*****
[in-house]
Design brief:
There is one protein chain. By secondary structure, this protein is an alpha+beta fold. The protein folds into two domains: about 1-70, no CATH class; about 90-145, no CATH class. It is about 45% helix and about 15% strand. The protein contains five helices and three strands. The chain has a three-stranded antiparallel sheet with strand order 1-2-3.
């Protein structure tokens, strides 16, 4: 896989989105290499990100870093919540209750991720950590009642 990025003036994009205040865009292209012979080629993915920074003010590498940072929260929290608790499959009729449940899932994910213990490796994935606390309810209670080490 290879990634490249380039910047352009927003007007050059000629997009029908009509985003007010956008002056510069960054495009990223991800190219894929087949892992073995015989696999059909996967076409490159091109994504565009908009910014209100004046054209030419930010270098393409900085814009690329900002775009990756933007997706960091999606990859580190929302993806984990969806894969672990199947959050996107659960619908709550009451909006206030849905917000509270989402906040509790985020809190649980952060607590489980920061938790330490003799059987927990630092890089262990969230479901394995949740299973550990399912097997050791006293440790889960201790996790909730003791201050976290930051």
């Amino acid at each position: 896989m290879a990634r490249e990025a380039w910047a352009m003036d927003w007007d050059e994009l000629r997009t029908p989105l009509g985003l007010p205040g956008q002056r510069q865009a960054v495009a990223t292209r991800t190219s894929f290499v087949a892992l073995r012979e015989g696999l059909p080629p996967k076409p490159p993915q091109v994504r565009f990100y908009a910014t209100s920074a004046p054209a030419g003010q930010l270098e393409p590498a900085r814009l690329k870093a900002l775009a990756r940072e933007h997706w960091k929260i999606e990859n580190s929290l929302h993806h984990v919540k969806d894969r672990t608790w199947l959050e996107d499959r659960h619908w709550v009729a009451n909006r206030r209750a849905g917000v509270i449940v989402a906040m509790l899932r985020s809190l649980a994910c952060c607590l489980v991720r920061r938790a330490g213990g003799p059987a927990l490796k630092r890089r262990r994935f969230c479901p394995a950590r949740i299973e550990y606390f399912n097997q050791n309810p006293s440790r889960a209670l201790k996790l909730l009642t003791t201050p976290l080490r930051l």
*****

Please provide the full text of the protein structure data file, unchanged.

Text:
[in-house]
Design brief:
There is one protein chain. By secondary structure, this protein is an alpha+beta fold. The protein folds into two domains: about 1-70, no CATH class; about 90-145, no CATH class. It is about 45% helix and about 15% strand. The protein contains five helices and three strands. The chain has a three-stranded antiparallel sheet with strand order 1-2-3.
């Protein structure tokens, strides 16, 4: 896989989105290499990100870093919540209750991720950590009642 990025003036994009205040865009292209012979080629993915920074003010590498940072929260929290608790499959009729449940899932994910213990490796994935606390309810209670080490 290879990634490249380039910047352009927003007007050059000629997009029908009509985003007010956008002056510069960054495009990223991800190219894929087949892992073995015989696999059909996967076409490159091109994504565009908009910014209100004046054209030419930010270098393409900085814009690329900002775009990756933007997706960091999606990859580190929302993806984990969806894969672990199947959050996107659960619908709550009451909006206030849905917000509270989402906040509790985020809190649980952060607590489980920061938790330490003799059987927990630092890089262990969230479901394995949740299973550990399912097997050791006293440790889960201790996790909730003791201050976290930051």
């Amino acid at each position: 896989m290879a990634r490249e990025a380039w910047a352009m003036d927003w007007d050059e994009l000629r997009t029908p989105l009509g985003l007010p205040g956008q002056r510069q865009a960054v495009a990223t292209r991800t190219s894929f290499v087949a892992l073995r012979e015989g696999l059909p080629p996967k076409p490159p993915q091109v994504r565009f990100y908009a910014t209100s920074a004046p054209a030419g003010q930010l270098e393409p590498a900085r814009l690329k870093a900002l775009a990756r940072e933007h997706w960091k929260i999606e990859n580190s929290l929302h993806h984990v919540k969806d894969r672990t608790w199947l959050e996107d499959r659960h619908w709550v009729a009451n909006r206030r209750a849905g917000v509270i449940v989402a906040m509790l899932r985020s809190l649980a994910c952060c607590l489980v991720r920061r938790a330490g213990g003799p059987a927990l490796k630092r890089r262990r994935f969230c479901p394995a950590r949740i299973e550990y606390f399912n097997q050791n309810p006293s440790r889960a209670l201790k996790l909730l009642t003791t201050p976290l080490r930051l």